What’s the ‘sweet spot’? Does it affect accuracy? Our guru knows
I shoot an Air Arms S510 PCP rifle and I’ve heard people talking about the sweet spot, but I don’t know what it means. What is it and how does it make a gun more accurate? My gun will shoot ¾” groups at 35 yards all day long, but if I could make it better, then I want to.
Hello Phil Unless your rifle has a regulator, the velocity of your pellet at the muzzle will be affected by the pressure of the air in the reservoir, and only the latest S510s have one fitted. The way most PCP rifles work is as follows: As you cock them, you compress the hammer spring so that when you press the trigger, the hammer flies forward and hits the knock- open valve in the end of the air reservoir. This opens for a tiny fraction of a second, allowing air to flow through the action and up into the barrel to drive the pellet. As quickly as it opens, the remaining pressure in the reservoir closes it again.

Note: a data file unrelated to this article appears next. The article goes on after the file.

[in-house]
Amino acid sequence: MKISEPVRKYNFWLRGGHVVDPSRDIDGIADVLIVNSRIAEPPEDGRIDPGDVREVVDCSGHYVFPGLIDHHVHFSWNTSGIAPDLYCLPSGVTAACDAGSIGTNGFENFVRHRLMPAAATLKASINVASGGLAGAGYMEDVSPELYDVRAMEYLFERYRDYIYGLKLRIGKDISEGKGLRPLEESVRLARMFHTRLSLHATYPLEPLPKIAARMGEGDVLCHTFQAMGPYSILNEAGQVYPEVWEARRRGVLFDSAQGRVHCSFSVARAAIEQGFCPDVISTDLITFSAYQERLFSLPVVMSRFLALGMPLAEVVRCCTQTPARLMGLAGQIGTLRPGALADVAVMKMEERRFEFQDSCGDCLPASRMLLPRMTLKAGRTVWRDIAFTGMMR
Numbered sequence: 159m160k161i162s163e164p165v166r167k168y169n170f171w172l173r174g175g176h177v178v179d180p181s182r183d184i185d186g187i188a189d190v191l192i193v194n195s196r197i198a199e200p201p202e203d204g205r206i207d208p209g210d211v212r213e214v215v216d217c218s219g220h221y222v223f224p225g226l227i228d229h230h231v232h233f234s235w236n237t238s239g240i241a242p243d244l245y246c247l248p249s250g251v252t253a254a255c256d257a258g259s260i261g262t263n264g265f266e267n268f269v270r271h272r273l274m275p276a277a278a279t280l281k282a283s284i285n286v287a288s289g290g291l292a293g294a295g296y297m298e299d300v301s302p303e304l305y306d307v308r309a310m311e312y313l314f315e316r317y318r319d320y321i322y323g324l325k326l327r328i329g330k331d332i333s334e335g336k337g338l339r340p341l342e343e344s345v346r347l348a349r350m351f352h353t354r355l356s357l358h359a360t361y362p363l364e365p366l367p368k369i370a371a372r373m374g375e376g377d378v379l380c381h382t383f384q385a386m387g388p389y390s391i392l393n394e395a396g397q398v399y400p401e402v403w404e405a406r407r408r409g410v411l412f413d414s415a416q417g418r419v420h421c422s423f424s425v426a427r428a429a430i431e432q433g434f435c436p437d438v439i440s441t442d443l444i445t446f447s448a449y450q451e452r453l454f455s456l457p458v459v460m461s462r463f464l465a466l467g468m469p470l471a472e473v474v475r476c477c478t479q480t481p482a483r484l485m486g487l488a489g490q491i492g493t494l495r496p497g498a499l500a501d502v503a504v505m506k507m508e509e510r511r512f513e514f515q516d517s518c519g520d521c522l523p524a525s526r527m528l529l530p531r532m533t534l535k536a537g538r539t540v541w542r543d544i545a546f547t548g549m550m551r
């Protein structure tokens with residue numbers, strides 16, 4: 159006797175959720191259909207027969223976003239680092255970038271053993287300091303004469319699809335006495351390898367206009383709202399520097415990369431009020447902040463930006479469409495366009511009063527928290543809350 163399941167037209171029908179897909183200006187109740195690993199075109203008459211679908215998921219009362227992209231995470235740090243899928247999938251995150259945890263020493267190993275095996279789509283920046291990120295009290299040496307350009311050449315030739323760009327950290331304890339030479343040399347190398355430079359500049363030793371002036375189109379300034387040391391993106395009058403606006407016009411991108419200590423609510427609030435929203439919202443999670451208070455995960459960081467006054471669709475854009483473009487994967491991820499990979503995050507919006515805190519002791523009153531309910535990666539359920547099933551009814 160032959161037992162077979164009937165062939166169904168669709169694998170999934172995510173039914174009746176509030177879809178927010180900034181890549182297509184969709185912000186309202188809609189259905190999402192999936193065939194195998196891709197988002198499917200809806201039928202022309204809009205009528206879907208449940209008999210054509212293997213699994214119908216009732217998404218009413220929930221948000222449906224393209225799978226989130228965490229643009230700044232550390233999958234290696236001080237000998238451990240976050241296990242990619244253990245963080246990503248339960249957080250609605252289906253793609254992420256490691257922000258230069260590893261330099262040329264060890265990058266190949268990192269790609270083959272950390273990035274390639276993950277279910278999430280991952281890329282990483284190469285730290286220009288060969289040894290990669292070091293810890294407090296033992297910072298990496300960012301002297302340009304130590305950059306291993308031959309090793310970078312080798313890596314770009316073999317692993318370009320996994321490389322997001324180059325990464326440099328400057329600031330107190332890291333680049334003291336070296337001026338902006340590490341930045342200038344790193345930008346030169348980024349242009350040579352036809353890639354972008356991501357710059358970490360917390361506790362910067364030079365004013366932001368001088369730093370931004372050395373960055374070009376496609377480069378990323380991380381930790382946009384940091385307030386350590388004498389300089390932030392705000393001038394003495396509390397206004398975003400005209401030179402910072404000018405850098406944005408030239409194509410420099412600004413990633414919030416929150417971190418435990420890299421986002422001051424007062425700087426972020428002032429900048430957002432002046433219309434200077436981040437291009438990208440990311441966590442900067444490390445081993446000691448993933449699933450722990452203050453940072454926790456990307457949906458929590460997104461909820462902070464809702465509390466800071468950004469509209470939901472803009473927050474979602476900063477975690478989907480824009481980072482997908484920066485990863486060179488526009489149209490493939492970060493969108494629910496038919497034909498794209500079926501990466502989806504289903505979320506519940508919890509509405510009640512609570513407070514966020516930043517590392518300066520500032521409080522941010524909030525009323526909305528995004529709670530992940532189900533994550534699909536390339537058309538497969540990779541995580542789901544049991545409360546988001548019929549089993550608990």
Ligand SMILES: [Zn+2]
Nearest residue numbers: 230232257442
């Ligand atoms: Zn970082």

When the reservoir is at its maximum fill pressure, the hammer can’t open the valve to the maximum, so the gun shoots a few per cent slower. As the reservoir pressure reduces, the force of the hammer can open the valve for longer and velocity increases. Finally, as the reservoir pressure drops below the optimum amount, velocity tapers off.
Patiently shooting your rifle through a chronograph, from maximum to minimum pressures, and logging the figures will show this clearly. The sweet spot is the part of this curve where the difference between the highest and lowest velocity is so small that it makes little difference to the trajectory. I ran that test on my Air Arms S410 and found that between 180 and 150bar the velocity change was very small and I got some 45 near- perfect shots, which is more than I’ll ever need from a hunting gun.
ABOVE: Learning which fill pressure works best is an easy job
RIGHT: 45 precision shots is enough for anybody